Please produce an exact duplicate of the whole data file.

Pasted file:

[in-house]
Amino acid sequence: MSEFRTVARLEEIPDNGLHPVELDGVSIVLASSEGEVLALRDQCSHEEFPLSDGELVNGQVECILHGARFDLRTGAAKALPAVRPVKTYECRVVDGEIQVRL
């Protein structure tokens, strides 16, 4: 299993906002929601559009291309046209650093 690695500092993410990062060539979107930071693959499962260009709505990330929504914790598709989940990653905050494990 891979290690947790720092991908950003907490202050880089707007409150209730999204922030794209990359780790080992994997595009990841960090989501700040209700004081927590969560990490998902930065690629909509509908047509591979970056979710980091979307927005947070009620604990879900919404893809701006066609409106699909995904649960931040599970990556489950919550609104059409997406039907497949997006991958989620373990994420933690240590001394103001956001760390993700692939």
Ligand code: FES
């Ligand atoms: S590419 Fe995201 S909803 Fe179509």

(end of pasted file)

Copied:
[in-house]
Amino acid sequence: MSEFRTVARLEEIPDNGLHPVELDGVSIVLASSEGEVLALRDQCSHEEFPLSDGELVNGQVECILHGARFDLRTGAAKALPAVRPVKTYECRVVDGEIQVRL
């Protein structure tokens, strides 16, 4: 299993906002929601559009291309046209650093 690695500092993410990062060539979107930071693959499962260009709505990330929504914790598709989940990653905050494990 891979290690947790720092991908950003907490202050880089707007409150209730999204922030794209990359780790080992994997595009990841960090989501700040209700004081927590969560990490998902930065690629909509509908047509591979970056979710980091979307927005947070009620604990879900919404893809701006066609409106699909995904649960931040599970990556489950919550609104059409997406039907497949997006991958989620373990994420933690240590001394103001956001760390993700692939």
Ligand code: FES
């Ligand atoms: S590419 Fe995201 S909803 Fe179509």